Galway full of respect - but not fear

Andy Smith at the Galway Senior Hurling press reception at the Lough Rea Hotel and Spa.
I met Andy Smith at the Croke Park-orchestrated, Dicksboro-hosted launch of the Championship some weeks ago.

I met Andy Smith at the Croke Park-orchestrated, Dicksboro-hosted launch of the Championship some weeks ago.

The lad was a much different product than the one I was accustomed to watching charging up and down, under and over opponents with his beloved maroon and white geansaÍ.

Quiet and unassuming, accommodating and articulate, this son of Portumna was the essence of good manners. Looking at him before uttering a word, I mused for a moment as to what changes all of that when he crosses the whitewashed line - as a man once remarked, systems were for space ships, pressure was for tyres and good manners were for high tea with the Archbishop!

‘When last we spoke, I remember that only Cillian Buckley mentioned Galway as his idea of an All-Ireland finalist’, I said to Smith. ‘You all excluded your own county. Did that surprise you at the time?’

“Not really,” the Galway captain said. “I remember that distinctly. I thought that Noelie Connors (Waterford) and myself might as well have gone home, such was the media frenzy about what they called the preferred All-Ireland of Kilkenny and Tipp. It very nearly was.

“When Noel Mc Grath came on, and slipped over that point, I thought our goose was cooked. But then our lads showed great character, and Jayo (Jason Flynn) stepped up to get that point,

“I knew then that we were not going to be beaten. There was a small bit of time left, and then Davy (Burke) picked up that breaking ball, and let it out to Joe, and Joe laid it on for Shane Moloney - it was like the Red Sea they way the whole thing opened - and the young lad popped it over the bar.

“It was tremendous feeling that we were on our way to an All-Ireland and that most of the pundits had been wrong.”

I put it to the Portumna man that there is a different character base to this Galway team, citing the response to the Seamie Callanan goals.

Learned from Kilkenny

“You are right - I feel that we have learned that from Kilkenny,” he said. “Kilkenny don’t hang around moping, and confused even when they concede a major score. They get in a response as quickly as they can manage it.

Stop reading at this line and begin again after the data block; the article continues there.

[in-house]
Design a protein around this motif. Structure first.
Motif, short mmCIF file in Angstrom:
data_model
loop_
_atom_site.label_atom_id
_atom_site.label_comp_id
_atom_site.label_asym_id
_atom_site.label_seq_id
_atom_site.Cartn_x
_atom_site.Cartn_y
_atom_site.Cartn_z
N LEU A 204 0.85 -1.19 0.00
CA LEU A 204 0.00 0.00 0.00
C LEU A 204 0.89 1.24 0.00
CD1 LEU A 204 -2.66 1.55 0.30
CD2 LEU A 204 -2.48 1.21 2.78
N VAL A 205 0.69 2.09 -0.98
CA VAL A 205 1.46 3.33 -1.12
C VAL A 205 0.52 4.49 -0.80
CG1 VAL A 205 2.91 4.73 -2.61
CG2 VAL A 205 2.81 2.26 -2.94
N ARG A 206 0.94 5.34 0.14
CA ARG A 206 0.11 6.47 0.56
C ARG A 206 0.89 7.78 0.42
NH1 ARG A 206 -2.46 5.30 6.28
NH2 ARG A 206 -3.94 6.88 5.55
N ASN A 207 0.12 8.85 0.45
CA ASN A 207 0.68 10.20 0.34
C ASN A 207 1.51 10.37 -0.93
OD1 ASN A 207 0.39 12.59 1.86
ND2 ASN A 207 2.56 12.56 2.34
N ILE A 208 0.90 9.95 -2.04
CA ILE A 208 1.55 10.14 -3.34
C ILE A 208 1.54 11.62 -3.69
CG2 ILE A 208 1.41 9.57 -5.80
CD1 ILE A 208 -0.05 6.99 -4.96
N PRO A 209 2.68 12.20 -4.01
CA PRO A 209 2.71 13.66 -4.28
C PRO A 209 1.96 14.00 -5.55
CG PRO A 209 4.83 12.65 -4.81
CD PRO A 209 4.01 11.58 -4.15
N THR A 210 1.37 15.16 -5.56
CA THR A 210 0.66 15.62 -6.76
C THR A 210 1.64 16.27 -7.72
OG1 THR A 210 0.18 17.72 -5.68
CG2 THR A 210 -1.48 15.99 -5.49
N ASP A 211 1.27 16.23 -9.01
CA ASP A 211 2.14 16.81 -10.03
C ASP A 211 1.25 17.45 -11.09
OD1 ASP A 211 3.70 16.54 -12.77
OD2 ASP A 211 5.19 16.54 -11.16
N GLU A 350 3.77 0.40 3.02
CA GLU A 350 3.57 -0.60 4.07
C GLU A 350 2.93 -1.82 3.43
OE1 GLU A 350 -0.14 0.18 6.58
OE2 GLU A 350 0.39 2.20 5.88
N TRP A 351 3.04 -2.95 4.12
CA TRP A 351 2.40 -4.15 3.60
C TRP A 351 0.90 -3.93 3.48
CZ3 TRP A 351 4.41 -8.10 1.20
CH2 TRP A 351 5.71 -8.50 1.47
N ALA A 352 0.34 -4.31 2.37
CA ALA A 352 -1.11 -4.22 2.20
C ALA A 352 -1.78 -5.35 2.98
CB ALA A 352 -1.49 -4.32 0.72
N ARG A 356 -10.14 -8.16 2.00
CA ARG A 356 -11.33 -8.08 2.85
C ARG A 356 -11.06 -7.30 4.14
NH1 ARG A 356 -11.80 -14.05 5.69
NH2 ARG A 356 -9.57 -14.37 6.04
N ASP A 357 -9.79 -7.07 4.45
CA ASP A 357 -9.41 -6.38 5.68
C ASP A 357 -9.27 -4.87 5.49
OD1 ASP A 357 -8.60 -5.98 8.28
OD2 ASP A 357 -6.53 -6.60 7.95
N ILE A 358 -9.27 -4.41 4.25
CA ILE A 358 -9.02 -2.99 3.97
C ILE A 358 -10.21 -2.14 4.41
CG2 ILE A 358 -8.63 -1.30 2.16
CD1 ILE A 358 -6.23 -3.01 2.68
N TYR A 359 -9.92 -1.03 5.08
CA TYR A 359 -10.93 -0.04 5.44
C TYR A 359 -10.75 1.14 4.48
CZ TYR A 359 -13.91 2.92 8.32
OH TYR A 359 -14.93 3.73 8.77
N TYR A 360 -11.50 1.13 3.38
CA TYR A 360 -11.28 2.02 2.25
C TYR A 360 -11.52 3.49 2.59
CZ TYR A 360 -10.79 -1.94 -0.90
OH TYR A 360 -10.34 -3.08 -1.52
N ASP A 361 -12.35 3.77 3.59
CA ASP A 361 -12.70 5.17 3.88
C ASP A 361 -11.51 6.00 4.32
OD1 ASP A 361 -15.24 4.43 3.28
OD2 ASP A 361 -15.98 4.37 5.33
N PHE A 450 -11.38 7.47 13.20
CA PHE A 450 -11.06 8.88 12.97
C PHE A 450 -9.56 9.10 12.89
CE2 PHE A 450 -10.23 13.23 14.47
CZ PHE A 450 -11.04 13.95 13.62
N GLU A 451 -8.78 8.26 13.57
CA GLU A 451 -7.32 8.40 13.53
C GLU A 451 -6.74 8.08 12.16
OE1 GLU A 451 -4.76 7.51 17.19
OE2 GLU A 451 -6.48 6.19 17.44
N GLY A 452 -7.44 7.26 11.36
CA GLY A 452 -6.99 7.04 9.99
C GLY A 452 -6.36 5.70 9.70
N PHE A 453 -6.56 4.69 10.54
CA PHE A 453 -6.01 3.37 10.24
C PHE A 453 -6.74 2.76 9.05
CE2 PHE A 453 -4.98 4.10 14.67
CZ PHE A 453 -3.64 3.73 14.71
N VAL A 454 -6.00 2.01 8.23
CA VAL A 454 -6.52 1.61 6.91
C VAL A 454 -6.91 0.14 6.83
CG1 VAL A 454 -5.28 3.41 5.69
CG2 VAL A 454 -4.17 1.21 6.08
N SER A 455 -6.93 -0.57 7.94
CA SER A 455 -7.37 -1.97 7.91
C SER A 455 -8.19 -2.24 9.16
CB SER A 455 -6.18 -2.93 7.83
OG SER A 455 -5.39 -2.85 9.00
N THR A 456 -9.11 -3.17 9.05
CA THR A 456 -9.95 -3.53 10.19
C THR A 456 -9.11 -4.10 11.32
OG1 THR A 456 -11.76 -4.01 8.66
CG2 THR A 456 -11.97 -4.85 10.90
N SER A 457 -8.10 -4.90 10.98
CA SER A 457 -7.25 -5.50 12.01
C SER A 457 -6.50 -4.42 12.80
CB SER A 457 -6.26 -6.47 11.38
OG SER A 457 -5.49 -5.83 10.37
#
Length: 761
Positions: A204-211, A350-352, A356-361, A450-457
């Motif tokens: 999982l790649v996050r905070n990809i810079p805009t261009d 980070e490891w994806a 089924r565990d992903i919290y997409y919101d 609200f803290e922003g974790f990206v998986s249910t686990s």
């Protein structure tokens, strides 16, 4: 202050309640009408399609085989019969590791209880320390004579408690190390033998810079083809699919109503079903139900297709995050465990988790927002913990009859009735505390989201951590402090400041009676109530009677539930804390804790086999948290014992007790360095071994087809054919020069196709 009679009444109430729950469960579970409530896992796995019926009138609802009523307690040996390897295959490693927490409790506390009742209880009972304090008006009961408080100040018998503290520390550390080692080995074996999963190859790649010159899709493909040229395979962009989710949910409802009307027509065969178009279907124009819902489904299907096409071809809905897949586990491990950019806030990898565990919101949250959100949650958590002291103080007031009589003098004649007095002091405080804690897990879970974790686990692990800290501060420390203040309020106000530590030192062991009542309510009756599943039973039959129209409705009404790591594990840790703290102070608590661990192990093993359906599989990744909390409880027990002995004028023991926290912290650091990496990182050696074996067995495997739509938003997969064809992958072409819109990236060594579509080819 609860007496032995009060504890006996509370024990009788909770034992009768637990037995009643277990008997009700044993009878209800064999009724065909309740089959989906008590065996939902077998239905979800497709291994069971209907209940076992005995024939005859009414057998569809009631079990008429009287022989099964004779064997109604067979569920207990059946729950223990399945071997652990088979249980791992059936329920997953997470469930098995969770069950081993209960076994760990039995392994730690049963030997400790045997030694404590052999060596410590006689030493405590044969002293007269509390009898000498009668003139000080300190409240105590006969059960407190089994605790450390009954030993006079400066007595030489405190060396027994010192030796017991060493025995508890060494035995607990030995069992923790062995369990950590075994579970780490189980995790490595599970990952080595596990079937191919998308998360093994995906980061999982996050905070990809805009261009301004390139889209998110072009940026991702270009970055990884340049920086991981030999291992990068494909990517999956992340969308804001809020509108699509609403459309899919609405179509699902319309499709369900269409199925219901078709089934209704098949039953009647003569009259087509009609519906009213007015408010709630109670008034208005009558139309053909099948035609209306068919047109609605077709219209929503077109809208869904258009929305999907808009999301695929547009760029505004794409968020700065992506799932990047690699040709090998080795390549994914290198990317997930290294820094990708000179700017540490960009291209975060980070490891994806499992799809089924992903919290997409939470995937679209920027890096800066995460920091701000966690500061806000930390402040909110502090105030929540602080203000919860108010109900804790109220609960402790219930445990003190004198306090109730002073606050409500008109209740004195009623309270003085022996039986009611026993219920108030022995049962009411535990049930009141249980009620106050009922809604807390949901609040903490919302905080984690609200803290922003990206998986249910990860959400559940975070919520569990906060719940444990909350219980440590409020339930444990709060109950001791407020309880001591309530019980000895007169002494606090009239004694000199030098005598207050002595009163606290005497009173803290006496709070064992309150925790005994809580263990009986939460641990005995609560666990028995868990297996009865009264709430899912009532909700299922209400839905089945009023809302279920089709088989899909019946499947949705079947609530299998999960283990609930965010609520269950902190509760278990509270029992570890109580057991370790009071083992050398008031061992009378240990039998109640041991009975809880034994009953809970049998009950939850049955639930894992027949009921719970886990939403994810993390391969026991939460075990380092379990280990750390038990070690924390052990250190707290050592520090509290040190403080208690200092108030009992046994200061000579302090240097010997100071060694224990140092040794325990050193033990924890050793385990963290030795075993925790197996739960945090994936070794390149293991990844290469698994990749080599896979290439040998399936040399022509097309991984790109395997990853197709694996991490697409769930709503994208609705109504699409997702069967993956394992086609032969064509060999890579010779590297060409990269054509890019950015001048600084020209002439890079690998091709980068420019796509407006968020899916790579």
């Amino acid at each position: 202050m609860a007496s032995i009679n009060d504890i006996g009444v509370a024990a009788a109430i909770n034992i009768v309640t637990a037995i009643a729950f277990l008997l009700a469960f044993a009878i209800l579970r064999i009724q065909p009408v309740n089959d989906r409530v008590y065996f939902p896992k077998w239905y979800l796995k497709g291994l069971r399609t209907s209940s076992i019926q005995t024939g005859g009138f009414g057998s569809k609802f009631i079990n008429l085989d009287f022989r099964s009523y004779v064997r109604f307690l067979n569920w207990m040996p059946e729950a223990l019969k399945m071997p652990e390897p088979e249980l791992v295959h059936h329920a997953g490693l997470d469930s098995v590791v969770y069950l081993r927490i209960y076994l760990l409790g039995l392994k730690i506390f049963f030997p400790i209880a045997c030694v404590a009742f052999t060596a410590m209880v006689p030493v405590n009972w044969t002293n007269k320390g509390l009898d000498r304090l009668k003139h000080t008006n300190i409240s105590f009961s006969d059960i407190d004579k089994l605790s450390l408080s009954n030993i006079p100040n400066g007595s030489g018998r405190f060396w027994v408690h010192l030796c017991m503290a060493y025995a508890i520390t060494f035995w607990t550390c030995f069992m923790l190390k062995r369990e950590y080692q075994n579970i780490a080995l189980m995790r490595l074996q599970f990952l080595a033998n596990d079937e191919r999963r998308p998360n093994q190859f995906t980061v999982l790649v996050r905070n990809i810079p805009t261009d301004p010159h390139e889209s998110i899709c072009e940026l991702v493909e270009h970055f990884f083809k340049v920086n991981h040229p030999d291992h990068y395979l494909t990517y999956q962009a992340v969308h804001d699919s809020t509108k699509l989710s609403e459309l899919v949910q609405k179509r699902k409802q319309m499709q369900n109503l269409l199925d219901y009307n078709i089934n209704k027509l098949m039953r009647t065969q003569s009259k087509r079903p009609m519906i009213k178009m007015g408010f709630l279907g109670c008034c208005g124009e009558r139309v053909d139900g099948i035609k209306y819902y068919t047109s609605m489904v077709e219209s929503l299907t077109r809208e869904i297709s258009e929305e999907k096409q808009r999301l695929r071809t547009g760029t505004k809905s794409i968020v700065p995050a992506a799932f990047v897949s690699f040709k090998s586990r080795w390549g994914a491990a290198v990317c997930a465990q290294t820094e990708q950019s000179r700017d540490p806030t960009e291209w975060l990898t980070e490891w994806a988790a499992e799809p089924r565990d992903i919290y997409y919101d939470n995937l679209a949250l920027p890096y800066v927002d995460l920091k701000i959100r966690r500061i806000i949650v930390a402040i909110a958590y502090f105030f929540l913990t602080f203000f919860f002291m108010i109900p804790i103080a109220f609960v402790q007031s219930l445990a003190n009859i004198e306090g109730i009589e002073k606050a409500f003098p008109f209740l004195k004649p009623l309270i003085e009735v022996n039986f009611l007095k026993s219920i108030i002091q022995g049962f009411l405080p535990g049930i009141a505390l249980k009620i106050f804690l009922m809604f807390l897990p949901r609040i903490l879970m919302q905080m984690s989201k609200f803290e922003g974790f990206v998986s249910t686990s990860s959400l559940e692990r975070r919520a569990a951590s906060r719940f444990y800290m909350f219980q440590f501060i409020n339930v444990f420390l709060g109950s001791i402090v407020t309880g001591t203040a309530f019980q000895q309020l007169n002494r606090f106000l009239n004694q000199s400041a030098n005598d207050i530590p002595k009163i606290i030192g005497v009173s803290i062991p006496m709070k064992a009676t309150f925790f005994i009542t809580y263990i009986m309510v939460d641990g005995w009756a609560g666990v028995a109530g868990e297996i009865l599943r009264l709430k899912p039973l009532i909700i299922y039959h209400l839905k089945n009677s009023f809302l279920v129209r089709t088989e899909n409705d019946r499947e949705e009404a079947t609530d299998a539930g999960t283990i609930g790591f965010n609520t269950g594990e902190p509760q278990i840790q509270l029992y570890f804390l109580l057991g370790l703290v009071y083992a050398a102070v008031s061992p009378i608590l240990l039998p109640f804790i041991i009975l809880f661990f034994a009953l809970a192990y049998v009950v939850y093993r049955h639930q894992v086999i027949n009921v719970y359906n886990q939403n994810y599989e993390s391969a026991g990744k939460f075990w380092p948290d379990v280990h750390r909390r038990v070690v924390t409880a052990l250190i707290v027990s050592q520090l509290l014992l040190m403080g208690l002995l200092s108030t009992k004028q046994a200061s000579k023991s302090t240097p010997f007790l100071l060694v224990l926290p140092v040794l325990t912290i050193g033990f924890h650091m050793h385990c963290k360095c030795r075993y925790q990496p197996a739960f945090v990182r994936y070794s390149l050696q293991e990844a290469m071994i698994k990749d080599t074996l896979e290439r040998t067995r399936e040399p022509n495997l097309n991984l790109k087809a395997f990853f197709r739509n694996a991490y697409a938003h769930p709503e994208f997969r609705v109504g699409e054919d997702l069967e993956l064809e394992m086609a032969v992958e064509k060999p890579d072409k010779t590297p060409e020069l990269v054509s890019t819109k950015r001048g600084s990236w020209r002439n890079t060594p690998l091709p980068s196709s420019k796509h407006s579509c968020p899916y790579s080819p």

“I remember in 2012, whenever we got a goal, straight away they slapped a couple of points over and the value of our efforts was wiped out in a few seconds. I’m talking about the psychological value more so than the score advantages.”

I’m talking to a thinking hurler I mused.

And what about this upcoming All-Ireland?

“Who knows what is going to happen,” he said in advance of the latest Croker clash. “I do know that this is going to be one hell of a battle. This is going to be dog eat dog encounter from start to finish.

“We are well aware, and the whole country knows that Kilkenny are a superb outfit, and have been for a very long time,” he added. “We are well aware of what is coming down the track. Players have been working very hard since the turn of the year - even earlier for some of us.

“Kilkenny will present a massive challenge to Galway on Sunday - that is a certainty. They have been the best team in the land by a distance. We have tremendous respect for them, but we have no fear of them. They will not be allowed to use more than 15 at any given time, but we know that we have to be at the pinnacle of our abilities to take them. If our best is not good enough, there is very little we can do.

“The same applies to Kilkenny,” he continued. “They know they will have to be in the form of their lives to beat us. It is an intriguing event that nobody can second guess.”

As far as Smith is concerned, Galway’s preparation for the final could not have been better

“We will be playing our seventh game of the season against Kilkenny,” he said. Time was that Galway teams would have only had a semi-final to play before an All-Ireland final. That has changed, and has benefitted Galway big time.

“We had trouble against Laois, then we had Cork and the semi against Tipp. That was a very valuable agenda for us. We know where we are.

“Kilkenny of course are raging favourites, and that is understandable, but that doesn’t matter to us,” he said. “Sure, against Tipperary we were freely available with the bookies at 9/4, which was an amazing price for a two-horse race. But all of that stuff goes out the window when James Owens blows that whistle.”

When it comes to the final, Smith knows that mental attitude will be vital.

“Undoubtedly,” he affirmed. “Physically, both sides will be in tip top shape, but the top six inches will be vital. That mental attitude is so important. The lad that said that the toughest playing arena is only six inches wide said a ton,” he noted.

The players have kept that focus throughout - not easy when surrounded by final hype.

“ Our supporters have been getting into it with flags and stuff, but Anthony has focussed on keeping us fairly grounded and concentrated,” he said.

“It is a great time for supporters from both sides, but our concentration is absolute on the job in hand, and that is on Sunday in Croke Park.

“If we win, we will enjoy it,” he finished. “If Kilkenny do so, we will shake their hand, congratulate them and get back on the bus.”